Kerrick, Ferrell, and the Consequences of Panic

How 'reasonable' can any of us be when the adrenaline kicks in?
Greg Lacour
A sketch of Randall Kerrick's shooting of Jonathan Ferrell, presented as evidence in Kerrick's manslaughter trial.

The Randall Kerrick manslaughter case went to the jury Tuesday afternoon. We’re still awaiting a verdict here on Friday morning. Regardless of the outcome, or of any changes in police training that may emerge from it, Kerrick’s trial for shooting and killing Jonathan Ferrell in September 2013 illustrates more than anything the destructive effects of panic.

The trial, of course, has highlighted issues of race, justice, and police use of force. But panic is the conductive cable that runs through the entire case. After his car accident, Ferrell chose to pound on a stranger’s door at 2:30 a.m. when a wiser course of action would have been to continue to look for his cell phone or at least head back toward the home of Max Funderburke, the friend he’d just dropped off nearby.

Sarah McCartney, the woman on whose door Ferrell pounded, called 911 in a state of hysteria—and sustained the hysteria for roughly 20 minutes, leading police to expect a dangerous, possibly armed suspect. McCartney didn’t stop to consider that home invaders generally don’t knock on the door or continue to hang around when an alarm blares.

And then, finally, there’s Kerrick himself, a cop for only two years, whose emotional state was so distorted, he testified last week, that he thought he had fired four to six shots at Ferrell and had to be told afterwards that he’d fired 12, 10 of which had hit. (And only after the 12 shots did Kerrick order, twice and absurdly, “Don’t move!”)

It’s not fair to blame any of the three for reacting the way they did. Who knows how any of us might react in any stressful situation? Ferrell was new in town, alone on a dark road in the middle of the night, upset, possibly disoriented. McCartney was shocked to open the door and see a large man who wasn’t, as she’d expected, her husband; she also had a young child to protect. Kerrick, as he kept insisting during his testimony, had no way of knowing whether Ferrell was armed.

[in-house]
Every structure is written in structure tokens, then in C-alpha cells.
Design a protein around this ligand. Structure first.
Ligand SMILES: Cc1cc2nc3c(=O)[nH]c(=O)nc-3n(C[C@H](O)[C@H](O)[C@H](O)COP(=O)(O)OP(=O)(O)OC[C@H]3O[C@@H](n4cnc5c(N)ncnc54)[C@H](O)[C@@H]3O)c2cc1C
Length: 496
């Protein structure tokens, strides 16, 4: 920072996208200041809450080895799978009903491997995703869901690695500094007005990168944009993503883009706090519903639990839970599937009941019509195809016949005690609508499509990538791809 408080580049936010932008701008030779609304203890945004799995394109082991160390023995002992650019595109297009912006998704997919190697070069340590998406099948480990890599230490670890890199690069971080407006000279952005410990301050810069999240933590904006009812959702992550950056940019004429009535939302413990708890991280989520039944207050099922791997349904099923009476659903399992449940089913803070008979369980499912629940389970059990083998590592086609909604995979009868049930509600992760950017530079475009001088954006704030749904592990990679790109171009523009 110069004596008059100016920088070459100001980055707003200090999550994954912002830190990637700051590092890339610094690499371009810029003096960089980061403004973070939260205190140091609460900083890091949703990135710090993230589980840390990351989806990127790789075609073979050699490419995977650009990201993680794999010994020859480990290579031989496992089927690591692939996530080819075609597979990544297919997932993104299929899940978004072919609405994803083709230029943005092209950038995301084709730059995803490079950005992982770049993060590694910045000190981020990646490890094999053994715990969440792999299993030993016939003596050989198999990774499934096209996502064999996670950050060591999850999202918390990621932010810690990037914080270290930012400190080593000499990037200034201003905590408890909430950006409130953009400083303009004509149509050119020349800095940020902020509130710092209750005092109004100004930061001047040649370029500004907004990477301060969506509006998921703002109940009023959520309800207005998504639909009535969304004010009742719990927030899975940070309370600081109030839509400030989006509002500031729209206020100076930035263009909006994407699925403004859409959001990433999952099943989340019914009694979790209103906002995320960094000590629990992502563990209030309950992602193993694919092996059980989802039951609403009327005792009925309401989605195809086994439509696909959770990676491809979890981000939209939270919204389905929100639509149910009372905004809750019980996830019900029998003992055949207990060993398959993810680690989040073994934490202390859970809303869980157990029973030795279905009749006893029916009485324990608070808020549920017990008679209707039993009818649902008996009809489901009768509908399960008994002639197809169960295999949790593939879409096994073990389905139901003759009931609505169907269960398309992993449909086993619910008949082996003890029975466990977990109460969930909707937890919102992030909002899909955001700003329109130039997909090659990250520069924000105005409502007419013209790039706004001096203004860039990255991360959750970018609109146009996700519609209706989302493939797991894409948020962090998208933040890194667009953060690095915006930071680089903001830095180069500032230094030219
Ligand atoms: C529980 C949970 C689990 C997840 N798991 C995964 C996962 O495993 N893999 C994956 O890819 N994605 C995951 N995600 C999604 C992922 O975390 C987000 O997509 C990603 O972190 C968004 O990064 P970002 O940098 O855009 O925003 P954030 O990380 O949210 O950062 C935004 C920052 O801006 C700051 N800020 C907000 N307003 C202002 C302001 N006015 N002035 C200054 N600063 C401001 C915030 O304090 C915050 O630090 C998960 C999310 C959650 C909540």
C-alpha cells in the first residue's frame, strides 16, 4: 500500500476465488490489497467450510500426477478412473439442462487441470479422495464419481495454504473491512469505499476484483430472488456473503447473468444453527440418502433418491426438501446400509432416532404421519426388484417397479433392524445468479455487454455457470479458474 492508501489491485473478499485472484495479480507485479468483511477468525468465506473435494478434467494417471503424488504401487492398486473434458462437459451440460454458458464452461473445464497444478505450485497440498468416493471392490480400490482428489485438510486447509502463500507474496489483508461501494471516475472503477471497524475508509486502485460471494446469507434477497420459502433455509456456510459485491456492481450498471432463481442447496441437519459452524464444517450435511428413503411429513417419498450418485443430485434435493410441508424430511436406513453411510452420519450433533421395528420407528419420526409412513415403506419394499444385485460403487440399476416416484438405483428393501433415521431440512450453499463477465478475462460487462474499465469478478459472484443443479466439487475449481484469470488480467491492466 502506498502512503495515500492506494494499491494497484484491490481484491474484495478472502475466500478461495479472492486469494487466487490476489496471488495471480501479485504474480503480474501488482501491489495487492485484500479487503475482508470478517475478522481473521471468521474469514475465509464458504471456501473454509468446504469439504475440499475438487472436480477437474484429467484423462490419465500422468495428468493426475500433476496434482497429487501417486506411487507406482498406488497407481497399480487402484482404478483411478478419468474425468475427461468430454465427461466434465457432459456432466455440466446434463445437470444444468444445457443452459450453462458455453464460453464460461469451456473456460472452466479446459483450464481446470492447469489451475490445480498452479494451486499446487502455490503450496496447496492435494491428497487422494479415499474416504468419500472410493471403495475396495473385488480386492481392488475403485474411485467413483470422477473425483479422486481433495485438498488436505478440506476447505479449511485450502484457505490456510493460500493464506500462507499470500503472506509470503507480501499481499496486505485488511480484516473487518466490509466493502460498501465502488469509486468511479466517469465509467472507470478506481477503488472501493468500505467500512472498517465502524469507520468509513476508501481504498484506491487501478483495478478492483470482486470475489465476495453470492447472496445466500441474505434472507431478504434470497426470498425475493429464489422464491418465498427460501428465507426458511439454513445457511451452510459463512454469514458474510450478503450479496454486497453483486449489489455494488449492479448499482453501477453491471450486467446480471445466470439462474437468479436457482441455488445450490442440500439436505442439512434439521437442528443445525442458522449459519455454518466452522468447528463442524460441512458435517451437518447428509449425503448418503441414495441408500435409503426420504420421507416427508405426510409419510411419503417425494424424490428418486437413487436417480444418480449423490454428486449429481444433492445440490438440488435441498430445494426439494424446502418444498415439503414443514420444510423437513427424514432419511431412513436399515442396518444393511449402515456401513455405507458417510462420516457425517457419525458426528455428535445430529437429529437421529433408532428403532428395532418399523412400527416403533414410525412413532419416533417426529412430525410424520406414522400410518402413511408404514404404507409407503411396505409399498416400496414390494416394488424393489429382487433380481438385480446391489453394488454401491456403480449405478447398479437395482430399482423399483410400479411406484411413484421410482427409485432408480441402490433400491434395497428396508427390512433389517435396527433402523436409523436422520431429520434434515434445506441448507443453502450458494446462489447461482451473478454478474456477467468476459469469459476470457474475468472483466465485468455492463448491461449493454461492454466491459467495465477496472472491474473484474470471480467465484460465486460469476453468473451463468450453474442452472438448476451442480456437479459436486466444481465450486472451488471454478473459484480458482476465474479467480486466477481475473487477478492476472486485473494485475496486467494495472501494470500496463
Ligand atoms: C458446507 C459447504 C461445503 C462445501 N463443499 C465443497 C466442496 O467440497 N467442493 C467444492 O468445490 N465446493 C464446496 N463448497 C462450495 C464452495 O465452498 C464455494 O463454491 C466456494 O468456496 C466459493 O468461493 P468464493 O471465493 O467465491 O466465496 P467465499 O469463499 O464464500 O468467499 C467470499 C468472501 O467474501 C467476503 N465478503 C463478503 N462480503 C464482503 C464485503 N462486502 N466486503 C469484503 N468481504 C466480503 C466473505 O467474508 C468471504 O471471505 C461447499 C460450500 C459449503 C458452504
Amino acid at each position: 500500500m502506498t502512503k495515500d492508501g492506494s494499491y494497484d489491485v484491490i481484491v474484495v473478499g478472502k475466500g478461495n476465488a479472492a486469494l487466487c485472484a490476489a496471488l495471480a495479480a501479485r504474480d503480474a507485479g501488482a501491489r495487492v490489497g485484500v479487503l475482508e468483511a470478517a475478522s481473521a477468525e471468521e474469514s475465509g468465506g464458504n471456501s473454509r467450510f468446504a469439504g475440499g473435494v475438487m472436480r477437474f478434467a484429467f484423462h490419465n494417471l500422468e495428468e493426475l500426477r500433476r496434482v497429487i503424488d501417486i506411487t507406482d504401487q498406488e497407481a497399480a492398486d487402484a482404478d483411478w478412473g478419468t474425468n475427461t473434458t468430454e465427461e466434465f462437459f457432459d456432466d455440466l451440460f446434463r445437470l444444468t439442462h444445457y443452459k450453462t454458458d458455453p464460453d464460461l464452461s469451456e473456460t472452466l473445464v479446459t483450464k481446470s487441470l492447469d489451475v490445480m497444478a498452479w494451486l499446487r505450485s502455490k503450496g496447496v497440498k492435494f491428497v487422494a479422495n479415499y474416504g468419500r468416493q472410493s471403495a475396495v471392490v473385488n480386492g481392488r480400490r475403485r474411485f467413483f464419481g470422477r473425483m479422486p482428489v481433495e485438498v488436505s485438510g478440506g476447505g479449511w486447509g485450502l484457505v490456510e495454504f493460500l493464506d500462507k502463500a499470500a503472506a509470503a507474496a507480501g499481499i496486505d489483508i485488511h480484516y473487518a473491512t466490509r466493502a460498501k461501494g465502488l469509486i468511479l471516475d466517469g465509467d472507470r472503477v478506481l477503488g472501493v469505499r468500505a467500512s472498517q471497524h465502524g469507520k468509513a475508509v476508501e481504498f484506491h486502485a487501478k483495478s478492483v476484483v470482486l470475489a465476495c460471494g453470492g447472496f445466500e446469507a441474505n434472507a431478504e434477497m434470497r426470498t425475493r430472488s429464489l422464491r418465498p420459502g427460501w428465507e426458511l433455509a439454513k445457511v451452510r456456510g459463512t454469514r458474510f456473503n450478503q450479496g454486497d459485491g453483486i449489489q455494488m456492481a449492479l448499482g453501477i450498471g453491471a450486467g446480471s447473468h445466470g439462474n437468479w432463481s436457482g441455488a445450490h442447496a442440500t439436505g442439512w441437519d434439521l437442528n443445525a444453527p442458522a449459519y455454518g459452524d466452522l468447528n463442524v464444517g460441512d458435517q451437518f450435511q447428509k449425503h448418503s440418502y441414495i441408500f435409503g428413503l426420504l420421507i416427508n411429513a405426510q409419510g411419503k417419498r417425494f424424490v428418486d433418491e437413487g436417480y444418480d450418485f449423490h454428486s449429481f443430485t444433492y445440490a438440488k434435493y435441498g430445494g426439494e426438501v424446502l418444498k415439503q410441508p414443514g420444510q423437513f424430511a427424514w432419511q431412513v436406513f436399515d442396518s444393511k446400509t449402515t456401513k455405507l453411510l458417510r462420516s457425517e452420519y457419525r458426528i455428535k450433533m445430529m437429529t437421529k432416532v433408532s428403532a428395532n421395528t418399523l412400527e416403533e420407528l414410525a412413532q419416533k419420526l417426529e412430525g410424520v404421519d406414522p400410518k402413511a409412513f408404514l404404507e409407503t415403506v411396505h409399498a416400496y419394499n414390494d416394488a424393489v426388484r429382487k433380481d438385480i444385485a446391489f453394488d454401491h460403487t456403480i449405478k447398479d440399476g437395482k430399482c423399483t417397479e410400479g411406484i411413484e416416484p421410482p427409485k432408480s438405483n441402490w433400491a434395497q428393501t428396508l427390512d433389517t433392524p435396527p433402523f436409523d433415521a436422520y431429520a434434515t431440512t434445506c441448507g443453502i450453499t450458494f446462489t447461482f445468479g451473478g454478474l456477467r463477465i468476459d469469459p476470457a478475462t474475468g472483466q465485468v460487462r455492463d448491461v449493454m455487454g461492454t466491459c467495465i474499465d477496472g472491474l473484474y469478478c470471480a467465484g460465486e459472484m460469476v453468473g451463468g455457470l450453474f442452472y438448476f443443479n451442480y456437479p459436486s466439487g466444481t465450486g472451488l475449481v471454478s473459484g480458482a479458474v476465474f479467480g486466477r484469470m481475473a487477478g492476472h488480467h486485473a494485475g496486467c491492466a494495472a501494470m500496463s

Scientists are still trying to determine exactly what cocktail of brain chemicals traveling through which circuits causes panic, mainly in people who suffer from chronic panic or anxiety attacks; some research indicates the cause may be overstimulation of a particular area of the midbrain that “provokes the body’s defensive responses, such as freezing or running,” according to Scientific American. That’s potentially useful in treating panic disorder. But what about the rest of us—people who don’t suffer from a psychological condition but are prone, like any animal, to feel the adrenaline rush and impairment of judgment that comes from a perceived threat to life and limb?

That’s the central paradox of this case, the one jurors are likely struggling with at this moment. If jurors decide Kerrick could have reasonably believed his or others’ lives were in jeopardy when he shot and killed Ferrell, they should acquit him. But how “reasonable” could Kerrick—could anyone—be in an emotional state that tells him he’s about to die?

Some necessary changes will likely emerge from this case—more consistent police training on use of force, for example, and a stronger awareness by patrol cops that they need to exercise as much discretion as possible during a call. But even the best-trained police officers panic. We all do. Training can mitigate but not eliminate it. That may be the most troubling conclusion from a troubling case: The root of the problem, like a cold case, is unsolvable.

Categories: By Greg Lacour, The Buzz